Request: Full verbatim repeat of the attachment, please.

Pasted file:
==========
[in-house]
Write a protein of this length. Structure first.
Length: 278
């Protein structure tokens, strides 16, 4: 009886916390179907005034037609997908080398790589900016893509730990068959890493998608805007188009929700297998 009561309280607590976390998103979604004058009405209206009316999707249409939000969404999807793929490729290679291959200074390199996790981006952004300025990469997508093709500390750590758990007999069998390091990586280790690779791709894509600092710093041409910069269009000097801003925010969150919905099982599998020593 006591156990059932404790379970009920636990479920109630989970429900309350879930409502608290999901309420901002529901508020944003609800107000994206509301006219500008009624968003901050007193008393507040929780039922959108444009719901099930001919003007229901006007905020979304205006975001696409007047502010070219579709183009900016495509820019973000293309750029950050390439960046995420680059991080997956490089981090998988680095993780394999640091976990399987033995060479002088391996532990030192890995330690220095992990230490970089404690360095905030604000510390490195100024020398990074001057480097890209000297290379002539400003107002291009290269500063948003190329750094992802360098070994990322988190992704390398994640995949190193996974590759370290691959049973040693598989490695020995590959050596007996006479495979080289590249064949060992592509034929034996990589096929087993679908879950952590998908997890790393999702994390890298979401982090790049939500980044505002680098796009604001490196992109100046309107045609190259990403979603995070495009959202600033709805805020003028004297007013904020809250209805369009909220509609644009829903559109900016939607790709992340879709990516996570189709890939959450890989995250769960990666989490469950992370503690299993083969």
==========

[in-house]
Write a protein of this length. Structure first.
Length: 278
């Protein structure tokens, strides 16, 4: 009886916390179907005034037609997908080398790589900016893509730990068959890493998608805007188009929700297998 009561309280607590976390998103979604004058009405209206009316999707249409939000969404999807793929490729290679291959200074390199996790981006952004300025990469997508093709500390750590758990007999069998390091990586280790690779791709894509600092710093041409910069269009000097801003925010969150919905099982599998020593 006591156990059932404790379970009920636990479920109630989970429900309350879930409502608290999901309420901002529901508020944003609800107000994206509301006219500008009624968003901050007193008393507040929780039922959108444009719901099930001919003007229901006007905020979304205006975001696409007047502010070219579709183009900016495509820019973000293309750029950050390439960046995420680059991080997956490089981090998988680095993780394999640091976990399987033995060479002088391996532990030192890995330690220095992990230490970089404690360095905030604000510390490195100024020398990074001057480097890209000297290379002539400003107002291009290269500063948003190329750094992802360098070994990322988190992704390398994640995949190193996974590759370290691959049973040693598989490695020995590959050596007996006479495979080289590249064949060992592509034929034996990589096929087993679908879950952590998908997890790393999702994390890298979401982090790049939500980044505002680098796009604001490196992109100046309107045609190259990403979603995070495009959202600033709805805020003028004297007013904020809250209805369009909220509609644009829903559109900016939607790709992340879709990516996570189709890939959450890989995250769960990666989490469950992370503690299993083969």